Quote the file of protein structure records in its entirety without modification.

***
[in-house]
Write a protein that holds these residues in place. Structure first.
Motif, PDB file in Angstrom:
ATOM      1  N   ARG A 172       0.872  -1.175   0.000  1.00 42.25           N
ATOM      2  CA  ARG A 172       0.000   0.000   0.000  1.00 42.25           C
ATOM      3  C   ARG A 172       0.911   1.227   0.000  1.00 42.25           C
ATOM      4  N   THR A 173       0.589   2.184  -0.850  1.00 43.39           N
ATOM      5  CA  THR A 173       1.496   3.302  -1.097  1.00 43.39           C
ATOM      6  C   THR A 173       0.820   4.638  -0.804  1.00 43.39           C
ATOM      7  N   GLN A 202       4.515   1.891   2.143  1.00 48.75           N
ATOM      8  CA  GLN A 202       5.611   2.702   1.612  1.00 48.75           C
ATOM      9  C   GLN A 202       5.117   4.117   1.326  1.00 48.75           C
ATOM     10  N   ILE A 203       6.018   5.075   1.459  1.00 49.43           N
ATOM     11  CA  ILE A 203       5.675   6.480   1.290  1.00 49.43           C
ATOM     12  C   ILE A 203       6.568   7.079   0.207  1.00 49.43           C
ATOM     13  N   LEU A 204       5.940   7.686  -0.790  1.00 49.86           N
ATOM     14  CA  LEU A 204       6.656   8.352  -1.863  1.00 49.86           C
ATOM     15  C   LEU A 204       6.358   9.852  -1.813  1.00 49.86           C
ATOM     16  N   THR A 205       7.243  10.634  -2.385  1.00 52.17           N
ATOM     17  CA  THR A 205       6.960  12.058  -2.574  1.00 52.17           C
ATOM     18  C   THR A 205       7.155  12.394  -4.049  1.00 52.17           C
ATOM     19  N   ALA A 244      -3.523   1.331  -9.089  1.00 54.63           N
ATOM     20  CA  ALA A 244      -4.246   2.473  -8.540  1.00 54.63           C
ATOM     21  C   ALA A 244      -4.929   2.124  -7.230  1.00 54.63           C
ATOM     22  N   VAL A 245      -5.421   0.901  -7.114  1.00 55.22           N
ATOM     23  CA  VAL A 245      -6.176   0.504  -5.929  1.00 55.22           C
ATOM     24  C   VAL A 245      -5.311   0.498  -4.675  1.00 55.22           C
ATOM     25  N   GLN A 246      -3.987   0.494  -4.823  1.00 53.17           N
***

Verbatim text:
[in-house]
Write a protein that holds these residues in place. Structure first.
Motif, PDB file in Angstrom:
ATOM      1  N   ARG A 172       0.872  -1.175   0.000  1.00 42.25           N
ATOM      2  CA  ARG A 172       0.000   0.000   0.000  1.00 42.25           C
ATOM      3  C   ARG A 172       0.911   1.227   0.000  1.00 42.25           C
ATOM      4  N   THR A 173       0.589   2.184  -0.850  1.00 43.39           N
ATOM      5  CA  THR A 173       1.496   3.302  -1.097  1.00 43.39           C
ATOM      6  C   THR A 173       0.820   4.638  -0.804  1.00 43.39           C
ATOM      7  N   GLN A 202       4.515   1.891   2.143  1.00 48.75           N
ATOM      8  CA  GLN A 202       5.611   2.702   1.612  1.00 48.75           C
ATOM      9  C   GLN A 202       5.117   4.117   1.326  1.00 48.75           C
ATOM     10  N   ILE A 203       6.018   5.075   1.459  1.00 49.43           N
ATOM     11  CA  ILE A 203       5.675   6.480   1.290  1.00 49.43           C
ATOM     12  C   ILE A 203       6.568   7.079   0.207  1.00 49.43           C
ATOM     13  N   LEU A 204       5.940   7.686  -0.790  1.00 49.86           N
ATOM     14  CA  LEU A 204       6.656   8.352  -1.863  1.00 49.86           C
ATOM     15  C   LEU A 204       6.358   9.852  -1.813  1.00 49.86           C
ATOM     16  N   THR A 205       7.243  10.634  -2.385  1.00 52.17           N
ATOM     17  CA  THR A 205       6.960  12.058  -2.574  1.00 52.17           C
ATOM     18  C   THR A 205       7.155  12.394  -4.049  1.00 52.17           C
ATOM     19  N   ALA A 244      -3.523   1.331  -9.089  1.00 54.63           N
ATOM     20  CA  ALA A 244      -4.246   2.473  -8.540  1.00 54.63           C
ATOM     21  C   ALA A 244      -4.929   2.124  -7.230  1.00 54.63           C
ATOM     22  N   VAL A 245      -5.421   0.901  -7.114  1.00 55.22           N
ATOM     23  CA  VAL A 245      -6.176   0.504  -5.929  1.00 55.22           C
ATOM     24  C   VAL A 245      -5.311   0.498  -4.675  1.00 55.22           C
ATOM     25  N   GLN A 246      -3.987   0.494  -4.823  1.00 53.17           N